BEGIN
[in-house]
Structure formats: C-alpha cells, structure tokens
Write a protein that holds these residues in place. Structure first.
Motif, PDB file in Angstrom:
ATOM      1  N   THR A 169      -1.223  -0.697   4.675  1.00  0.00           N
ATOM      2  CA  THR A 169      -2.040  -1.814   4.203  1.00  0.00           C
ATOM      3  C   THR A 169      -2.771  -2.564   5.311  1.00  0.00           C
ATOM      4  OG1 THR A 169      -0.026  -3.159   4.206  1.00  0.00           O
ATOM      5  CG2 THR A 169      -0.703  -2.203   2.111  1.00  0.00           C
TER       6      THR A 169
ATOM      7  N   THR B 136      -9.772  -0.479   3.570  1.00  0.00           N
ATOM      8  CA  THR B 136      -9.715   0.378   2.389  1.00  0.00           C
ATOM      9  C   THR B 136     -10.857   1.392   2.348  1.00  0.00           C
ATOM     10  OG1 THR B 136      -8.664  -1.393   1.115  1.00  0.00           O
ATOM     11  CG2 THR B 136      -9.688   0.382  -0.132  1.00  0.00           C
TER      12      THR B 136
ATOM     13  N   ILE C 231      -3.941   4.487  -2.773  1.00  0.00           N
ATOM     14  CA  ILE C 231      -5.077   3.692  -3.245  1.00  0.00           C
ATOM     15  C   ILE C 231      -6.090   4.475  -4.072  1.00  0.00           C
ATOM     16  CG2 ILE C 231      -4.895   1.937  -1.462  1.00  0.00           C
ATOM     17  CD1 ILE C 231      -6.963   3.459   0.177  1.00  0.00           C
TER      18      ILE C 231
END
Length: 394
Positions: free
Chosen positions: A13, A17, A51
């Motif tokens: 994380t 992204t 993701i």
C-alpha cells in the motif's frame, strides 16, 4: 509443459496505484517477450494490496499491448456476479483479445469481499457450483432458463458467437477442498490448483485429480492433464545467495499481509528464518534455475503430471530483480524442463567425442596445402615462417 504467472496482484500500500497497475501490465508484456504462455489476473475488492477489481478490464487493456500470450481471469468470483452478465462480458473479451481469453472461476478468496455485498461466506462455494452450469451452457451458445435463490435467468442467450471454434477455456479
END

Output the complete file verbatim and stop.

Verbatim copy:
[in-house]
Structure formats: C-alpha cells, structure tokens
Write a protein that holds these residues in place. Structure first.
Motif, PDB file in Angstrom:
ATOM      1  N   THR A 169      -1.223  -0.697   4.675  1.00  0.00           N
ATOM      2  CA  THR A 169      -2.040  -1.814   4.203  1.00  0.00           C
ATOM      3  C   THR A 169      -2.771  -2.564   5.311  1.00  0.00           C
ATOM      4  OG1 THR A 169      -0.026  -3.159   4.206  1.00  0.00           O
ATOM      5  CG2 THR A 169      -0.703  -2.203   2.111  1.00  0.00           C
TER       6      THR A 169
ATOM      7  N   THR B 136      -9.772  -0.479   3.570  1.00  0.00           N
ATOM      8  CA  THR B 136      -9.715   0.378   2.389  1.00  0.00           C
ATOM      9  C   THR B 136     -10.857   1.392   2.348  1.00  0.00           C
ATOM     10  OG1 THR B 136      -8.664  -1.393   1.115  1.00  0.00           O
ATOM     11  CG2 THR B 136      -9.688   0.382  -0.132  1.00  0.00           C
TER      12      THR B 136
ATOM     13  N   ILE C 231      -3.941   4.487  -2.773  1.00  0.00           N
ATOM     14  CA  ILE C 231      -5.077   3.692  -3.245  1.00  0.00           C
ATOM     15  C   ILE C 231      -6.090   4.475  -4.072  1.00  0.00           C
ATOM     16  CG2 ILE C 231      -4.895   1.937  -1.462  1.00  0.00           C
ATOM     17  CD1 ILE C 231      -6.963   3.459   0.177  1.00  0.00           C
TER      18      ILE C 231
END
Length: 394
Positions: free
Chosen positions: A13, A17, A51
């Motif tokens: 994380t 992204t 993701i």
C-alpha cells in the motif's frame, strides 16, 4: 509443459496505484517477450494490496499491448456476479483479445469481499457450483432458463458467437477442498490448483485429480492433464545467495499481509528464518534455475503430471530483480524442463567425442596445402615462417 504467472496482484500500500497497475501490465508484456504462455489476473475488492477489481478490464487493456500470450481471469468470483452478465462480458473479451481469453472461476478468496455485498461466506462455494452450469451452457451458445435463490435467468442467450471454434477455456479